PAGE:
New team won't tamper with Telluride

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When Telluride Film Festival co-founders Bill and Stella Pence announced their retirement at the conclusion of last year's event, the news came in true Telluride fashion: as a surprise. The Pences, who co-founded the festival in 1974 with Tom Luddy and the late James Card, had been planning their exit for years but opted to share their decision only with Luddy, his new co-director Gary Meyer and a few other close friends.

Secrecy is an integral part of the Telluride ethos. Ever since 1976, when news of Jeanne Moreau's cancellation overshadowed appearances by King Vidor and Jack Nicholson, Telluride's organizers have refused to divulge each year's lineup until opening day. Ticket holders who arrive in the former mining town high in the Colorado Rockies have no idea what films they're about to see -- no matter how much speculation they might read in the press.

The policy hasn't interfered with Telluride's evolution as a major stop on the North American festival circuit. The event, which opens Friday and runs through Labor Day, has become known as the place to see high-profile prestige pictures before they land in Toronto for that city's 10-day film festival, which opens just days later (this year Sept. 6). With its selective lineup, secluded location and well-connected audience, Telluride might as well be Shangri-La for cineastes.

"It's an endless array of wonderful things," said Errol Morris, who sits on the festival's council of advisers and served as guest director in 1988. "It's really sad to me when I can't go. Telluride is interesting, it's fun, there's always something very odd and unusual that happens there. And you get to see amazing movies."

Luddy and Meyer said they have no intention of tinkering with a formula that is so widely beloved. Meyer first attended the festival in 1975, and in recent years, he has served as one of Telluride's resident curators, scouting films and offering programming input on a volunteer basis. Like the Pences, who owned a chain of art house theaters, and Luddy, a former head of the Pacific Film Archive, Meyer comes from an exhibition background, which Luddy said adds to Telluride's populist ethos.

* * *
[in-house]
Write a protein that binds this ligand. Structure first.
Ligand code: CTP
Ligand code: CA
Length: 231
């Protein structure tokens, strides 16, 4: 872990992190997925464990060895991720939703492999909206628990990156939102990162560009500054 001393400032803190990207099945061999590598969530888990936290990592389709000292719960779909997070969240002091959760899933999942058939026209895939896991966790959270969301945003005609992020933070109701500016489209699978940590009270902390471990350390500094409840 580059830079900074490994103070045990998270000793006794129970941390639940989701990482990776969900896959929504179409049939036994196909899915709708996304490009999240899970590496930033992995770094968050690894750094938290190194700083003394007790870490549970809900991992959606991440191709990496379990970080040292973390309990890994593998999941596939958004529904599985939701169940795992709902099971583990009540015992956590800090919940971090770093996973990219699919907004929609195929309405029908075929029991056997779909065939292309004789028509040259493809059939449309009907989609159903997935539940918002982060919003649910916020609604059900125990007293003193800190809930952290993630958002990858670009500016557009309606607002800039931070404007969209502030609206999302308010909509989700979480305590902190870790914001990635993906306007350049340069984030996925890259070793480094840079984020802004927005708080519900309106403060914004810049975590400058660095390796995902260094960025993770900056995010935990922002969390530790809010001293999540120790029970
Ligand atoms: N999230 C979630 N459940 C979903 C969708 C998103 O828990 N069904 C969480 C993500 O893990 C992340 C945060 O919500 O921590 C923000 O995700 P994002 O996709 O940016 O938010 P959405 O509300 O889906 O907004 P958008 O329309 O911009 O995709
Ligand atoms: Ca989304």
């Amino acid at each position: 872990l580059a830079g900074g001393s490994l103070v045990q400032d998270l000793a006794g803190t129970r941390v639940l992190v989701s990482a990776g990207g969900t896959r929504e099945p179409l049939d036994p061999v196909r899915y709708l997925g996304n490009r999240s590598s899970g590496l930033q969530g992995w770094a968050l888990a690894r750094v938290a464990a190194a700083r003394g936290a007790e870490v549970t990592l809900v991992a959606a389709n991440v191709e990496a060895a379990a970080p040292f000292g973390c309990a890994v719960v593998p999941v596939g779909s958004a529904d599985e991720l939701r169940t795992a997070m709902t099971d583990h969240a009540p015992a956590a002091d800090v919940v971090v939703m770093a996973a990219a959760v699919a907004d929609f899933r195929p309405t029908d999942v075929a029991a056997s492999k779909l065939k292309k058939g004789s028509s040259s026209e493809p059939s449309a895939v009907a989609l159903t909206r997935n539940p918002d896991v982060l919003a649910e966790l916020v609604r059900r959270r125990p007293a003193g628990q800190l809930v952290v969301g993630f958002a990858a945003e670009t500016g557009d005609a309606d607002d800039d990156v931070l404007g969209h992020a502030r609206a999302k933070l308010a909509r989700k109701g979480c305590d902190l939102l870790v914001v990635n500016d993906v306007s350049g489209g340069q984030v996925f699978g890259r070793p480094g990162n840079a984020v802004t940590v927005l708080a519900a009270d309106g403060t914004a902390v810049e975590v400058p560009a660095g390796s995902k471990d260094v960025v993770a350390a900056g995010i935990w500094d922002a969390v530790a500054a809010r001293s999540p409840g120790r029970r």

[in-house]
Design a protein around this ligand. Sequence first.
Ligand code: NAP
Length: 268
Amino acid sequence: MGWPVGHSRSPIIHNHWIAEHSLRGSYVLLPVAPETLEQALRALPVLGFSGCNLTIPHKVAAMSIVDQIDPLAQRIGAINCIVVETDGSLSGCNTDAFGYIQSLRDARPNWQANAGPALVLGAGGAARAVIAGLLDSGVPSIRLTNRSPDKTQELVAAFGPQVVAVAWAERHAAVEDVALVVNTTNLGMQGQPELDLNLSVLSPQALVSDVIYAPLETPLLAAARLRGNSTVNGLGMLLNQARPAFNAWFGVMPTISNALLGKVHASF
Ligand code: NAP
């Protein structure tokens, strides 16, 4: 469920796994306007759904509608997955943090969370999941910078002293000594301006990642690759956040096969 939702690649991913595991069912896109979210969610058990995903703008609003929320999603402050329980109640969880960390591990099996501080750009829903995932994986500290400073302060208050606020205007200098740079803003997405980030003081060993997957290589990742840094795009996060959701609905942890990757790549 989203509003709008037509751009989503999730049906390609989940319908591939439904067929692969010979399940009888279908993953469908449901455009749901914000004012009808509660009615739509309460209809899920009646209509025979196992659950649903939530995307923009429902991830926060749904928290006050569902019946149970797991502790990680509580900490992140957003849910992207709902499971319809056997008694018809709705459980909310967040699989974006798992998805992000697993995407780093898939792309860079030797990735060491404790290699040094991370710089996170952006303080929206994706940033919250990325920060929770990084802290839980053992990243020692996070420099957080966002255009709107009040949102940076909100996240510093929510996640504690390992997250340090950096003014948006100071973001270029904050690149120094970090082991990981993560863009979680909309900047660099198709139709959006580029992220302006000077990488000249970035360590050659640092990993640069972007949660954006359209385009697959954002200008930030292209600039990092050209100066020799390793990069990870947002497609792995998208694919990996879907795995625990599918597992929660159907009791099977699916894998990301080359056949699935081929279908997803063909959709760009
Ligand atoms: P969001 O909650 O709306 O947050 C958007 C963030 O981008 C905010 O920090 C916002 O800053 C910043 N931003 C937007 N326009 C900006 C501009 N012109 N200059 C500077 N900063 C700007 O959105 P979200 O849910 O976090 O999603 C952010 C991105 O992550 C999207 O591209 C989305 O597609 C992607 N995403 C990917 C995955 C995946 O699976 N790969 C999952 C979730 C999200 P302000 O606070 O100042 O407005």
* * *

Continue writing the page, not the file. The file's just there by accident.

"We all have a similar background in showing movies to people," he said. "We like putting on a good show. We like making sure that the audience experience is a good one."

Despite Telluride's egalitarian airs, the festival is by no means easy to attend. Just getting there requires a six-hour drive from Denver or a panic-inducing small-plane flight. Accommodations in the tiny town are not easy to come by, and passes, which run a relatively pricey $680, invariably sell out months in advance.

At least everyone's in the same boat. There are no media passes, no industry screenings. Except for holders of the $3,500 Patron Pass, everyone waits in the same lines. And, of course, everyone is equally in the dark. The festival is famous as a place where movie stars and movie buffs connect as equals. One of Luddy's fondest memories is watching Peter O'Toole ride his bicycle through Telluride's streets "like he was anybody else."

The remoteness that once made Telluride a popular hiding place for outlaws now serves to separate the dilettantes from the true believers. "To make the effort to come on blind faith, not knowing what the program is, and to go to the trouble of paying for air tickets and hotels, you have to really be passionate about film and want to eat, sleep and talk film for 24 hours a day while you're there," Luddy said.

"Nobody ends up there thinking, 'Maybe I should go. I kind of think I have to go,' " added Telluride's newly installed managing director Julie Huntsinger. "You have to intend to get there."

Huntsinger began her career working as Luddy's assistant at American Zoetrope in the 1990s, and more recently, had served as production supervisor and an associate producer on films including 2005's "Racing Stripes" and 2003's "Beyond Borders." It was her breadth of knowledge and her superior people skills that made her right for the job, Luddy said.